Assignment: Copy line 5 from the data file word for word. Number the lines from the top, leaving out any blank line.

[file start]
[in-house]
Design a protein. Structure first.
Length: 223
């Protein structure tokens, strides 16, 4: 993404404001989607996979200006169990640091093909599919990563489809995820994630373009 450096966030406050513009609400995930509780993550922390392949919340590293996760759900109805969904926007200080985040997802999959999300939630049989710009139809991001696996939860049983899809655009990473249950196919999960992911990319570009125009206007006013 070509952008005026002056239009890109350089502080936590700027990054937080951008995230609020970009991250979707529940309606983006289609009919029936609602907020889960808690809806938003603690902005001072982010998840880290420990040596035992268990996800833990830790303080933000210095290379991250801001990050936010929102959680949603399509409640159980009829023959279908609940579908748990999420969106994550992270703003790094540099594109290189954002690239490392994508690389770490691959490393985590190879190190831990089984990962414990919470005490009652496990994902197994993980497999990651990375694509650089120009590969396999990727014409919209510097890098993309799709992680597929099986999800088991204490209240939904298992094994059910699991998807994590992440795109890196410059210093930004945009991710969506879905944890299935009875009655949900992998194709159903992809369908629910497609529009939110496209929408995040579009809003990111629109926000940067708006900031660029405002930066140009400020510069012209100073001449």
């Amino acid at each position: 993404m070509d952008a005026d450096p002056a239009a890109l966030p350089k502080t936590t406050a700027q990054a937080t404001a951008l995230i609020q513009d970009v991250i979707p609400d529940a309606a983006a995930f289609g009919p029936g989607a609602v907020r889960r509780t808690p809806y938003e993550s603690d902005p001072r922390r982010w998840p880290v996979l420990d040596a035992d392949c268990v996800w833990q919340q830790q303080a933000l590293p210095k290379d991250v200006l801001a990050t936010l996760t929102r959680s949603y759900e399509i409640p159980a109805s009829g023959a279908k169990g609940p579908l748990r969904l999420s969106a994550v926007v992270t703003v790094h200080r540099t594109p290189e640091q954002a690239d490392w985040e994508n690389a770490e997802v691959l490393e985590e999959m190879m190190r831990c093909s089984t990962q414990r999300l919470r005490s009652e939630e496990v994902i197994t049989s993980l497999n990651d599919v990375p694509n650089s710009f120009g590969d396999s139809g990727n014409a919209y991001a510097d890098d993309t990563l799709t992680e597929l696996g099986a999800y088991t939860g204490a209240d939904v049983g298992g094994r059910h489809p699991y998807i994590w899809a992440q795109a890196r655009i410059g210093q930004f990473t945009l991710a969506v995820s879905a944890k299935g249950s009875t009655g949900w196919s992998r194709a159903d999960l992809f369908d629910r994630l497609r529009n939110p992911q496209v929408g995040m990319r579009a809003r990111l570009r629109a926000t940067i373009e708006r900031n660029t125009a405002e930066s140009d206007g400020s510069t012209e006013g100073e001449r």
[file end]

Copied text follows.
């Amino acid at each position: 993404m070509d952008a005026d450096p002056a239009a890109l966030p350089k502080t936590t406050a700027q990054a937080t404001a951008l995230i609020q513009d970009v991250i979707p609400d529940a309606a983006a995930f289609g009919p029936g989607a609602v907020r889960r509780t808690p809806y938003e993550s603690d902005p001072r922390r982010w998840p880290v996979l420990d040596a035992d392949c268990v996800w833990q919340q830790q303080a933000l590293p210095k290379d991250v200006l801001a990050t936010l996760t929102r959680s949603y759900e399509i409640p159980a109805s009829g023959a279908k169990g609940p579908l748990r969904l999420s969106a994550v926007v992270t703003v790094h200080r540099t594109p290189e640091q954002a690239d490392w985040e994508n690389a770490e997802v691959l490393e985590e999959m190879m190190r831990c093909s089984t990962q414990r999300l919470r005490s009652e939630e496990v994902i197994t049989s993980l497999n990651d599919v990375p694509n650089s710009f120009g590969d396999s139809g990727n014409a919209y991001a510097d890098d993309t990563l799709t992680e597929l696996g099986a999800y088991t939860g204490a209240d939904v049983g298992g094994r059910h489809p699991y998807i994590w899809a992440q795109a890196r655009i410059g210093q930004f990473t945009l991710a969506v995820s879905a944890k299935g249950s009875t009655g949900w196919s992998r194709a159903d999960l992809f369908d629910r994630l497609r529009n939110p992911q496209v929408g995040m990319r579009a809003r990111l570009r629109a926000t940067i373009e708006r900031n660029t125009a405002e930066s140009d206007g400020s510069t012209e006013g100073e001449r």